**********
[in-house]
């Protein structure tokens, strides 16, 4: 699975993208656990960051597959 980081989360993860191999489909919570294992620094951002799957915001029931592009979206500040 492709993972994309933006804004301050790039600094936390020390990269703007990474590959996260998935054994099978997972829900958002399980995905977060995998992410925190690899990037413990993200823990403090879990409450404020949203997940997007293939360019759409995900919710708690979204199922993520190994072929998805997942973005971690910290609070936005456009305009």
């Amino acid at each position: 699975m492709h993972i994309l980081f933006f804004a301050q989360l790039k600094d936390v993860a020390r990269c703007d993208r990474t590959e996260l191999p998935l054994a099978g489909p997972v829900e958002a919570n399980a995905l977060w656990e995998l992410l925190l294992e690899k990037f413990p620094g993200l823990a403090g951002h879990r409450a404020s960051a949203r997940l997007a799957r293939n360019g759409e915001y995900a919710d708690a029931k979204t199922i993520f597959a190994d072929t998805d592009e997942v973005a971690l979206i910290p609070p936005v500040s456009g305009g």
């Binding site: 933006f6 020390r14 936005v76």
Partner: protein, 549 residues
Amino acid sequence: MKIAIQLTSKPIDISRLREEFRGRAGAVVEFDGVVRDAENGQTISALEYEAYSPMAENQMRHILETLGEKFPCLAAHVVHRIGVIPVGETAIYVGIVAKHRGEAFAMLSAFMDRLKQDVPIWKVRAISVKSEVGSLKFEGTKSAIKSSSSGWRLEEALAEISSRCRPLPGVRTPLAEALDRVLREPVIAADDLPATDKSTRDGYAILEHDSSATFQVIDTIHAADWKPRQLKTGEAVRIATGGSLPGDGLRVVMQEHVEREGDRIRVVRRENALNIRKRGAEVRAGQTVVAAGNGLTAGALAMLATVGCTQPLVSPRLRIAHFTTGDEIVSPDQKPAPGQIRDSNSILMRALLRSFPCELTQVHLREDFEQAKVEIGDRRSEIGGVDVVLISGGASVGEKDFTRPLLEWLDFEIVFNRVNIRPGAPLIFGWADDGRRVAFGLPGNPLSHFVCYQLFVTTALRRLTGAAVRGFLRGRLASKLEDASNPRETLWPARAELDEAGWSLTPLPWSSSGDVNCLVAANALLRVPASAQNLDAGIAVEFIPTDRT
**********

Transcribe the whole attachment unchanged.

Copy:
[in-house]
């Protein structure tokens, strides 16, 4: 699975993208656990960051597959 980081989360993860191999489909919570294992620094951002799957915001029931592009979206500040 492709993972994309933006804004301050790039600094936390020390990269703007990474590959996260998935054994099978997972829900958002399980995905977060995998992410925190690899990037413990993200823990403090879990409450404020949203997940997007293939360019759409995900919710708690979204199922993520190994072929998805997942973005971690910290609070936005456009305009």
């Amino acid at each position: 699975m492709h993972i994309l980081f933006f804004a301050q989360l790039k600094d936390v993860a020390r990269c703007d993208r990474t590959e996260l191999p998935l054994a099978g489909p997972v829900e958002a919570n399980a995905l977060w656990e995998l992410l925190l294992e690899k990037f413990p620094g993200l823990a403090g951002h879990r409450a404020s960051a949203r997940l997007a799957r293939n360019g759409e915001y995900a919710d708690a029931k979204t199922i993520f597959a190994d072929t998805d592009e997942v973005a971690l979206i910290p609070p936005v500040s456009g305009g």
């Binding site: 933006f6 020390r14 936005v76």
Partner: protein, 549 residues
Amino acid sequence: MKIAIQLTSKPIDISRLREEFRGRAGAVVEFDGVVRDAENGQTISALEYEAYSPMAENQMRHILETLGEKFPCLAAHVVHRIGVIPVGETAIYVGIVAKHRGEAFAMLSAFMDRLKQDVPIWKVRAISVKSEVGSLKFEGTKSAIKSSSSGWRLEEALAEISSRCRPLPGVRTPLAEALDRVLREPVIAADDLPATDKSTRDGYAILEHDSSATFQVIDTIHAADWKPRQLKTGEAVRIATGGSLPGDGLRVVMQEHVEREGDRIRVVRRENALNIRKRGAEVRAGQTVVAAGNGLTAGALAMLATVGCTQPLVSPRLRIAHFTTGDEIVSPDQKPAPGQIRDSNSILMRALLRSFPCELTQVHLREDFEQAKVEIGDRRSEIGGVDVVLISGGASVGEKDFTRPLLEWLDFEIVFNRVNIRPGAPLIFGWADDGRRVAFGLPGNPLSHFVCYQLFVTTALRRLTGAAVRGFLRGRLASKLEDASNPRETLWPARAELDEAGWSLTPLPWSSSGDVNCLVAANALLRVPASAQNLDAGIAVEFIPTDRT